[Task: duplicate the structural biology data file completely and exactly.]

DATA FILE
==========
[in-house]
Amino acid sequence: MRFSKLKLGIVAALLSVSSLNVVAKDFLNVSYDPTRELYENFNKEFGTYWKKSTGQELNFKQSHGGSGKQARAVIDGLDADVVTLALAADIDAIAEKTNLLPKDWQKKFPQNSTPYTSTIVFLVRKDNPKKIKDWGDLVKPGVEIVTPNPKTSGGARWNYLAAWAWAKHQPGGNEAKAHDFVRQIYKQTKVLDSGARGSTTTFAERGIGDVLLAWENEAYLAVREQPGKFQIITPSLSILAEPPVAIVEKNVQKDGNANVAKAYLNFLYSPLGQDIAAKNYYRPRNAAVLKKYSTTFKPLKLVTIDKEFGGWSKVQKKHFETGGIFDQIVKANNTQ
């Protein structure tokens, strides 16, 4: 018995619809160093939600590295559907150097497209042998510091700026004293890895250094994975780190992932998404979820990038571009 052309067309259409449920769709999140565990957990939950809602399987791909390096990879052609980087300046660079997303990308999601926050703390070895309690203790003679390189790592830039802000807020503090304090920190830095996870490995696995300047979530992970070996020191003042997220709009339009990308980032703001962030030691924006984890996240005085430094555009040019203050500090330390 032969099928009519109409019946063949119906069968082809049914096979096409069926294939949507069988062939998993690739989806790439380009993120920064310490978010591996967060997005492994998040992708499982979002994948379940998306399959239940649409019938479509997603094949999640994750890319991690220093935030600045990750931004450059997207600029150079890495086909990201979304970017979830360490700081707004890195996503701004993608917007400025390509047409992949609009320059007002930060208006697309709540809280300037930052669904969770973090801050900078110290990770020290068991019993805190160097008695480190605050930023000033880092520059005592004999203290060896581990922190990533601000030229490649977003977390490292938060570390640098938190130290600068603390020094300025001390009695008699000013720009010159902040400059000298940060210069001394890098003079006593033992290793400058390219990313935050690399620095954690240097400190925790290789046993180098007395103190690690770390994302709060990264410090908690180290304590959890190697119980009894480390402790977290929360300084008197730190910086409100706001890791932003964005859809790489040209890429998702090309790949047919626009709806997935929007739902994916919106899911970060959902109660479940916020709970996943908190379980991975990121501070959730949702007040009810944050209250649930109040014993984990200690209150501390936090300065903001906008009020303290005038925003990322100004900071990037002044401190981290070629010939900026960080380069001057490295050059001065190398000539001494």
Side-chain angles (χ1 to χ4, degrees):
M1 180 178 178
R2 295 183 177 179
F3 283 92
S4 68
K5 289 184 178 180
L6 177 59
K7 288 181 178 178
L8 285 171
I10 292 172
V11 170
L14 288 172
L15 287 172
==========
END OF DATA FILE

[in-house]
Amino acid sequence: MRFSKLKLGIVAALLSVSSLNVVAKDFLNVSYDPTRELYENFNKEFGTYWKKSTGQELNFKQSHGGSGKQARAVIDGLDADVVTLALAADIDAIAEKTNLLPKDWQKKFPQNSTPYTSTIVFLVRKDNPKKIKDWGDLVKPGVEIVTPNPKTSGGARWNYLAAWAWAKHQPGGNEAKAHDFVRQIYKQTKVLDSGARGSTTTFAERGIGDVLLAWENEAYLAVREQPGKFQIITPSLSILAEPPVAIVEKNVQKDGNANVAKAYLNFLYSPLGQDIAAKNYYRPRNAAVLKKYSTTFKPLKLVTIDKEFGGWSKVQKKHFETGGIFDQIVKANNTQ
């Protein structure tokens, strides 16, 4: 018995619809160093939600590295559907150097497209042998510091700026004293890895250094994975780190992932998404979820990038571009 052309067309259409449920769709999140565990957990939950809602399987791909390096990879052609980087300046660079997303990308999601926050703390070895309690203790003679390189790592830039802000807020503090304090920190830095996870490995696995300047979530992970070996020191003042997220709009339009990308980032703001962030030691924006984890996240005085430094555009040019203050500090330390 032969099928009519109409019946063949119906069968082809049914096979096409069926294939949507069988062939998993690739989806790439380009993120920064310490978010591996967060997005492994998040992708499982979002994948379940998306399959239940649409019938479509997603094949999640994750890319991690220093935030600045990750931004450059997207600029150079890495086909990201979304970017979830360490700081707004890195996503701004993608917007400025390509047409992949609009320059007002930060208006697309709540809280300037930052669904969770973090801050900078110290990770020290068991019993805190160097008695480190605050930023000033880092520059005592004999203290060896581990922190990533601000030229490649977003977390490292938060570390640098938190130290600068603390020094300025001390009695008699000013720009010159902040400059000298940060210069001394890098003079006593033992290793400058390219990313935050690399620095954690240097400190925790290789046993180098007395103190690690770390994302709060990264410090908690180290304590959890190697119980009894480390402790977290929360300084008197730190910086409100706001890791932003964005859809790489040209890429998702090309790949047919626009709806997935929007739902994916919106899911970060959902109660479940916020709970996943908190379980991975990121501070959730949702007040009810944050209250649930109040014993984990200690209150501390936090300065903001906008009020303290005038925003990322100004900071990037002044401190981290070629010939900026960080380069001057490295050059001065190398000539001494």
Side-chain angles (χ1 to χ4, degrees):
M1 180 178 178
R2 295 183 177 179
F3 283 92
S4 68
K5 289 184 178 180
L6 177 59
K7 288 181 178 178
L8 285 171
I10 292 172
V11 170
L14 288 172
L15 287 172